I’ve seen my favourite telly on Foxtel (Love My Way is the standout), and will continue to catchup on the episodes. But it’s like a book you need to take at least a hundred pages to get into because there are no truly likeable characters.

  2. I’m really looking forward to Tangle. Great cast, from all reports great writing. Love My Way set the standard for Aussie drama, hopefully this one can live up to expectations.

  3. There is no doubt that pay TV is making amazing, brilliant dramas, but I couldn’t see them rating on FTA in a million years – If commercial networks thought they would, they would have already followed suit. So-called “quality” TV is a niche market. Let’s just be thankful for pay and the fact that it means these shows can be made.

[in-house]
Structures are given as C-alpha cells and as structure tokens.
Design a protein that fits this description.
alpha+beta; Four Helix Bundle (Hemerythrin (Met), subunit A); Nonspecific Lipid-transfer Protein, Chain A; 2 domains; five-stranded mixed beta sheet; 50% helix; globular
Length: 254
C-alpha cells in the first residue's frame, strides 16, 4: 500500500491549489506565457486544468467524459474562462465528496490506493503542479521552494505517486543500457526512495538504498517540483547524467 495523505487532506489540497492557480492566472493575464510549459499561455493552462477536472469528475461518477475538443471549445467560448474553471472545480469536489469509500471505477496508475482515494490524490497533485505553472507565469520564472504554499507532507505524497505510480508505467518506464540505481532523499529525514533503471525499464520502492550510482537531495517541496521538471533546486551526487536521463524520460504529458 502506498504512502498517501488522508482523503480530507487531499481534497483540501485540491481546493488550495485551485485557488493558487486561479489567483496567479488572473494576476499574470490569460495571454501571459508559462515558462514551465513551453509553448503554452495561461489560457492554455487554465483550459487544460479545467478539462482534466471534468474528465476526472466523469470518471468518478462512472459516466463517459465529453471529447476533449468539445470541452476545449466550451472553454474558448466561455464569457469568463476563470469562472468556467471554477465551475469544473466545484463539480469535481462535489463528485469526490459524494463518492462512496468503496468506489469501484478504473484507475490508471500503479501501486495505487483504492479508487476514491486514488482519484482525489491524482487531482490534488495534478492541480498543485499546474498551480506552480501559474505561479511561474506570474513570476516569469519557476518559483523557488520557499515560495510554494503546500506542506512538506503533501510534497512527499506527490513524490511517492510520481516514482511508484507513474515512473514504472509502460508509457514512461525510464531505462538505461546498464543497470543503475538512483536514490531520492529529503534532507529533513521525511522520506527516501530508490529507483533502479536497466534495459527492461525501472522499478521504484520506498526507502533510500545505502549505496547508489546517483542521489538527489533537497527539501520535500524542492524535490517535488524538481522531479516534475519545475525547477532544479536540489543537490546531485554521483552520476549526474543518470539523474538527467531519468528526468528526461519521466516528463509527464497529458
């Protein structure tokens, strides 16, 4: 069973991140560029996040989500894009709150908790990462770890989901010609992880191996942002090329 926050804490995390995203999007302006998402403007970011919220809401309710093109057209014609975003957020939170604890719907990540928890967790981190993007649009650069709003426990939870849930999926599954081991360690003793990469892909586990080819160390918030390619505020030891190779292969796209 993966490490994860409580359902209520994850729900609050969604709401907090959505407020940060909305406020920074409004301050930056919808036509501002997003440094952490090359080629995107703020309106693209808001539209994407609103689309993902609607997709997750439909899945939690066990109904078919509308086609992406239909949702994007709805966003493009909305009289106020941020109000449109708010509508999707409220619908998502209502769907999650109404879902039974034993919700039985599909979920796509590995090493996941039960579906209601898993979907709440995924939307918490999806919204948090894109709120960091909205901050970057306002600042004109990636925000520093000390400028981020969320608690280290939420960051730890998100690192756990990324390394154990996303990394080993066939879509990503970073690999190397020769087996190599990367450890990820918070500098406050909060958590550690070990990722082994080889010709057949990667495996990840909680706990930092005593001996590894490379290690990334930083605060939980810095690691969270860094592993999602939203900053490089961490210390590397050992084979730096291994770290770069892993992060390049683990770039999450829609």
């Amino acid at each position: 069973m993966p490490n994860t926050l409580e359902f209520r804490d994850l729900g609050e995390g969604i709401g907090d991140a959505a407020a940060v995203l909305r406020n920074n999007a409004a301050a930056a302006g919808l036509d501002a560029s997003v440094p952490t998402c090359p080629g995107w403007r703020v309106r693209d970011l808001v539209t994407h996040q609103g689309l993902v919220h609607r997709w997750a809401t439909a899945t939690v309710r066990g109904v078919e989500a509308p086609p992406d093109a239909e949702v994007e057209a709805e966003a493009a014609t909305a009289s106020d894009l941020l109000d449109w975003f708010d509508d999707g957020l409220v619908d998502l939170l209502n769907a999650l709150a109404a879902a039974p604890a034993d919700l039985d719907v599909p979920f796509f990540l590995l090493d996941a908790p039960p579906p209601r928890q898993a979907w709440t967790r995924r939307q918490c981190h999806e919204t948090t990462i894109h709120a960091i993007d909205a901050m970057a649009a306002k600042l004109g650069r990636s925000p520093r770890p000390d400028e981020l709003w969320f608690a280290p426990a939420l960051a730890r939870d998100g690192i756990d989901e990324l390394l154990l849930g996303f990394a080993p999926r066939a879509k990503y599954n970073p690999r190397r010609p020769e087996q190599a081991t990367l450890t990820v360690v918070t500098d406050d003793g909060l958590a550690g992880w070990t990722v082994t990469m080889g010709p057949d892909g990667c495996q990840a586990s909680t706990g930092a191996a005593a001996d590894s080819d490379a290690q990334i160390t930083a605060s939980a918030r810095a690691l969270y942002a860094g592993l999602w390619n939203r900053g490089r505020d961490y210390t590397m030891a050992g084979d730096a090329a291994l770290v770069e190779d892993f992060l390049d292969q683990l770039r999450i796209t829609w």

4. Great review David. Everything I’ve read about Tangle makes it sound like its going to be a great show and I’m sure it won’t disappoint! It would be even better if everyone got to see it at the same time though, hopefully it’ll be put out on DVD quickly after its finished.

  5. Oh I am now so desperate to see this, it is not funny. Good review. Love My Way was exceptional and I can’t wait to watch the next one in the line of brilliant Aussie Pay TV dramas.

    But oh if only I had Pay TV.

  6. This sounds really good.

    Finally some Aussie TV to be proud of. Foxtel seems to be doing drama a lot better than FTA. Even Packed to the Rafters has lost it recently.

  7. David – excellent review. I just wish that I had foxtel and could see this show! Oh well – will have to do like I have done with Satisfaction and buy the DVD when it’s released!

  8. FTA networks in this country need to turn to Subscription TV and just take a look at the dramas they produce; with the exception of a few FTA dramas I enjoy Subscription TV dares to be different; dares to be original; something that is severly lacking on our TV Landscape. Unfortunately I do not have pay tv but I will find a way to watch this program.